Skin Cancer

Basal Cell Carcinoma and Squamous Cell Carcinoma

Skin Cancer

There are several common types of skin cancer and a number of less common ones. The most common two types in Australia are Basal Cell Carcinoma (BCC) and Squamous Cell Carcinoma (SCC). These skin cancers are commonly related to the amount of sun exposure a person has had throughout their life but can be related to cigarette smoking and other chemical factors and in come cases can have a genetic cause.

Those with fairer skin and hair are more likely to get BCC or SCC but they can occur in anybody.

Both BCC and SCC start as pinkish often scaly blotches on the skin. They may be associated with itching or burning sensations. If left untreated they can progress to ulceration creating open wounds or large masses. In the more advanced stages SCC can travel around the body and affect other areas so it is important that early treatment is performed before it gets to that point.

When they are identified in the early phases (before they begin to invade) there are several treatments that do not involve surgery. These include laser therapy, and several different anti cancer creams. Once a skin cancer begins invading the success rates of these more superficial treatments decreases and surgery becomes the recommended treatment.

The particular treatment required will depend on how invasive or advanced your skin cancer is, where it is on your body and how large it is. In certain areas it is possible to remove and directly stitch up the area as the sole treatment. In other areas if may be necessary to perform skin grafting or skin flaps or a combination of these.

At your appointment your surgeon will discuss your skin cancer with you and outline the various options and recommendations for treatment. For each cancer there may be several options and the risks and benefits of each treatment will be discussed with you. Based on the particulars of your skin cancer your surgeon will recommend a particular treatment for you. The choice of treatment will be based upon giving the best clearance of the skin cancer while still maintaining the best cosmetic appearance.


Basal cell carcinoma with classical appearance

BCC2Basal cell carcinoma with central ulceration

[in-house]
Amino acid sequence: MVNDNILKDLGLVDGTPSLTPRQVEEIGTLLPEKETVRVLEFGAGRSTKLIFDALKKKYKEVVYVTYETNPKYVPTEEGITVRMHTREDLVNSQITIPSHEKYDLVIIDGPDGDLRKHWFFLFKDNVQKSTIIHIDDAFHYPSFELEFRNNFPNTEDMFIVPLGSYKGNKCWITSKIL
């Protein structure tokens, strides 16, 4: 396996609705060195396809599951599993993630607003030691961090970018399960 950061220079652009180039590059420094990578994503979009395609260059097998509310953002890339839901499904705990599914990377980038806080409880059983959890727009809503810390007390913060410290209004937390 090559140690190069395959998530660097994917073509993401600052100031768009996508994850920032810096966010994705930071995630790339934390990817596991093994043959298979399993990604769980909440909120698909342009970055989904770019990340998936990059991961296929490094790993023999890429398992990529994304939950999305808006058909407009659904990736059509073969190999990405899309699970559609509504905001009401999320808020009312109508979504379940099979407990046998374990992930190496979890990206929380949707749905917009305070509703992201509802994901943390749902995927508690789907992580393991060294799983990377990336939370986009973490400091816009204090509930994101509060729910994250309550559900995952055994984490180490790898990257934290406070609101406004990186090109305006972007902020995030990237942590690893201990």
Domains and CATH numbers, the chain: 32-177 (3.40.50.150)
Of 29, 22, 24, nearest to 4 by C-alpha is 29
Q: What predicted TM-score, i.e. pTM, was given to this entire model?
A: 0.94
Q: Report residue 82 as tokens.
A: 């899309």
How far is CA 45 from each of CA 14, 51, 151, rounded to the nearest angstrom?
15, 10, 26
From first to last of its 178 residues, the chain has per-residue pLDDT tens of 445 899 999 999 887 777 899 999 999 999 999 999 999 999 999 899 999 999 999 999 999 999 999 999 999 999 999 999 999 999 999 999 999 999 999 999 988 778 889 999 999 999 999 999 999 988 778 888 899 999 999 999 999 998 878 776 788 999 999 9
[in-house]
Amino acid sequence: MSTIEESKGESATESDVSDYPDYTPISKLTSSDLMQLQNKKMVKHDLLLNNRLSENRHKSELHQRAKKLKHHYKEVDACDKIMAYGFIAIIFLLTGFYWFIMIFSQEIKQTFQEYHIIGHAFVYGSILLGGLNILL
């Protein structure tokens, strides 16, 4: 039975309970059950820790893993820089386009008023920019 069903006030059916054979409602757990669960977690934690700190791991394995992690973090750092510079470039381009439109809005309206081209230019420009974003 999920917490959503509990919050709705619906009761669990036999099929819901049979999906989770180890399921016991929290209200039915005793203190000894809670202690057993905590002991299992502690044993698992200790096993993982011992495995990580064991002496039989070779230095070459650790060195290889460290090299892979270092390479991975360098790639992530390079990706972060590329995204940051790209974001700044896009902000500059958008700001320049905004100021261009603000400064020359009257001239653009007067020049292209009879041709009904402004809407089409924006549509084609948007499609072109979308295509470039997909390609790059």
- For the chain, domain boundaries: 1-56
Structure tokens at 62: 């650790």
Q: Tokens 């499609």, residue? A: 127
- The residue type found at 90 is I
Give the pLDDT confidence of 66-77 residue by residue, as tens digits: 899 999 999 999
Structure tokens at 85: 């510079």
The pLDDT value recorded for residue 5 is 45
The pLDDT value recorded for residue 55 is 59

SCC with characteristic keratotic “crust”


Mixed superficial and invasive SCC


Melanoma is perhaps the most widely known skin cancer in Australia. It occurs very commonly in our climate with as many as 1 in 26 Australian’s suffering from melanoma throughout their lives.

Melanoma is a skin cancer that is caused by exposure to the sun and UV radiation. People with fairer skin are more likely to contract melanoma but it can occur in anybody. Melanoma usually presents as a dark spot or changing mole but can occur without the usual dark coloration. Melanoma can progress rapidly and can travel throughout the body so it is essential that it is picked up early and treated promptly. The earlier a melanoma is detected and treated the better the outcomes.

Treatment for melanoma is surgical excision. This usually occurs in 2 stages. The first is a procedure known as an excisional biopsy, where the dark lesion is removed and sent to the laboratory for analysis. Based on the results from this analysis the second surgery is planned. The second surgery removes a wider area of tissue around the original tumor site to ensure that any microscopic extensions of the tumor are removed and may involve sampling the lymph nodes (sentinel node biopsy) to see if the melanoma is trying to spread. The amount of tissue that needs to be removed and the need for lymph node biopsy are determined by the results given from the laboratory analysis of the tissue collected at the first operation.

In most cases of melanoma the surgical intervention is all the treatment that is needed. In some advanced cases you may also require other therapy in addition to your surgery. This may mean radiotherapy or chemotherapy. The need for these therapies is rare and if required will be discussed with you at your consultation with your surgeon.

Melanoma 1

Melanoma with characteristic mixed pigmentation

Melanoma 2Irregular border and colour of invasive melanoma

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